Diocese of Rochester bankruptcy: Whistleblower and lawyers say diocese has ability to pay
Buffalo Diocese whistleblower Siobhan O’Connor says survivors’ resilience comes at a cost to the church. She spoke outside the office of the Diocese of Rochester.
Tina MacIntyre-Yee, @tyee23
The Diocese of Rochester has offered to settle its federal bankruptcy case by paying nearly $148 million to survivors of child sexual abuse.
In court documents filed Friday, the diocese asked a federal bankruptcy judge to approve a deal with its insurance companies to provide $107.25 million to settle all claims.
Under the plan, the diocese and its parishes would provide an additional $40.5 million to create a trust fund to compensate survivors of abuse.
“The diocese strongly believes that the proposed settlements are in the best interests of the survivors,” a statement from a spokesperson for the diocese said. “If the Court approves the proposed settlements, the Diocese will be able to provide a tangible benefit to survivors who have already waited too long for restitution.”
Lawyers representing about 475 abuse plaintiffs have blasted the proposal, calling it a “clandestine deal” between the diocese and its insurers.
“By not engaging survivors in the bankruptcy process and colluding with insurers, parishes and schools against survivors, the Diocese is effectively denying them a place at the table where mediation is taking place with sincere attempts to chart a path to resolution,” Jeffrey said. Anderson, whose law firm represents 175 of the plaintiffs against the Diocese of Rochester.
Anderson also argues that the diocese’s contribution to the settlement amount is only a fraction of what it is able to pay survivors.
Just two months ago, New York’s first child sexual abuse lawsuit under the Child Victims Actan Erie County jury awarded a victim of Boy Scout abuse $25 million for the harm he suffered.
The diocese’s most recent proposal would pay survivors about $311,000 each.
Jason Amala, an attorney who has represented thousands of sexual abuse survivors across the country, including in complex bankruptcy proceedings against other Catholic institutions and the Boy Scouts of America, said the proposal would leave the diocese and its insurers assume as little financial liability as possible. .
“If the diocese sincerely believes this is a good deal for the survivors, it should immediately disclose the huge sums of money and property held by the diocese and its parishes,” Amala said. “The same goes for their insurers. If the diocese wants to settle with its insurance companies, it should immediately disclose the value of its insurance policies. When people see how much these entities could pay, they will see that this proposal is an absolute abuse of the bankruptcy process.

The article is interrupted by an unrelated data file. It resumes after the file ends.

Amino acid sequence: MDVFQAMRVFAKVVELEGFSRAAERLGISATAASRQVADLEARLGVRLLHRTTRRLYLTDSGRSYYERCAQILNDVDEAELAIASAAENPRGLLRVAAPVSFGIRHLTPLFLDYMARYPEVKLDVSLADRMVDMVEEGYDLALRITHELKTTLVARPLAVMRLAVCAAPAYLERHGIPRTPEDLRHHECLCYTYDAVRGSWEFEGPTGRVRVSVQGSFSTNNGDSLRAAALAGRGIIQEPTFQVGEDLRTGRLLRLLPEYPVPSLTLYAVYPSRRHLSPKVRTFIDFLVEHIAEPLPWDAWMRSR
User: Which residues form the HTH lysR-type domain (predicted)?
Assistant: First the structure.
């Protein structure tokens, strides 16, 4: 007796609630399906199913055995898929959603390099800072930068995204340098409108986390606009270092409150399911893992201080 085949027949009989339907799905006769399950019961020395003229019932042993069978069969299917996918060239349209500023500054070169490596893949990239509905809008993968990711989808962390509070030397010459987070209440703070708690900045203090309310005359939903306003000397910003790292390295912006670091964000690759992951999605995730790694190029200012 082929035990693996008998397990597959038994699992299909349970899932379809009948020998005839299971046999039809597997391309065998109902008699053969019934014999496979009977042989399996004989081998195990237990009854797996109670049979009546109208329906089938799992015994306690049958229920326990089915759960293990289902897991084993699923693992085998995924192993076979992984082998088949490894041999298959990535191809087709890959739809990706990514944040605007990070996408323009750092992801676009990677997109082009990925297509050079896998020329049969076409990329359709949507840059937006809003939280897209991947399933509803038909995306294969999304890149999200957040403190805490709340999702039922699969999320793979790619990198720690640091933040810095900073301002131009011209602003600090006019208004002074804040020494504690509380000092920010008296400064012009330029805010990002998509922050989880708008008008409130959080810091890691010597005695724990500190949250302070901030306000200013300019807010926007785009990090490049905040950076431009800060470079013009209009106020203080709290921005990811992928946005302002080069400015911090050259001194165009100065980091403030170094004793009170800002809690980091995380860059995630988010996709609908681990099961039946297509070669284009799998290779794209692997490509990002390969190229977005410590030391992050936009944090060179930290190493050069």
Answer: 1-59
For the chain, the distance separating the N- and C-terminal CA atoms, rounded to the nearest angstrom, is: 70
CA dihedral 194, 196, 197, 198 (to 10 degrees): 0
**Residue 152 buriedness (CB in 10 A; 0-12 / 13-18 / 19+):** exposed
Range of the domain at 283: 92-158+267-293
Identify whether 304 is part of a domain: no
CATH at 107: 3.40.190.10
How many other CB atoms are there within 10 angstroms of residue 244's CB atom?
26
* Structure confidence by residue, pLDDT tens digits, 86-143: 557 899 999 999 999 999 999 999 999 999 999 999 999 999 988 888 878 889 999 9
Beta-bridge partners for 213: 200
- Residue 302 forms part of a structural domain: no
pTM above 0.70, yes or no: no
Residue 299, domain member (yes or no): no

James Marsh, whose firm has represented hundreds of victims of sexual abuse in New York under the Child Victims Act, said the plaintiffs would oppose the proposed settlement.
Learn more about the Child Victims Act: Child abuse survivors await justice and healing as CVA deadline passes with nearly 10,000 lawsuits filed
2019: Rochester-area priests and others named in child sex abuse claims
“We will fight for a new plan that properly addresses the trauma these survivors must have endured and ensures that the Diocese and its parishes are held accountable by providing fair compensation to those they injured,” Marsh said.
The diocese made a similar proposal last summer, offering to contribute $35 million to a settlement fund. This proposal was rejected by the American bankruptcy judge, Paul Warren.
On Monday, Judge Warren ruled that cases that name individual parishes as defendants could go to trial in state court.
“The diocese, insurance companies and survivors of abuse have reached a point where consensual resolution appears to be fading,” Warren wrote in her decision.
Warren also noted that three of the abuse survivors who filed claims have died since the bankruptcy process began.
“Given the age of many survivors of abuse, if they are barred from moving forward with actions against independent Catholic corporations, it is likely that others will be denied the ability to seek justice. because the sands of time are working against them,” Warren wrote. .
None of the cases filed in state court have progressed much beyond filing an initial complaint. There are probably a lot of discoveries to be made before one of the cases is
be ready for trial. It will be several months or years before any of the CVA cases are presented to a jury.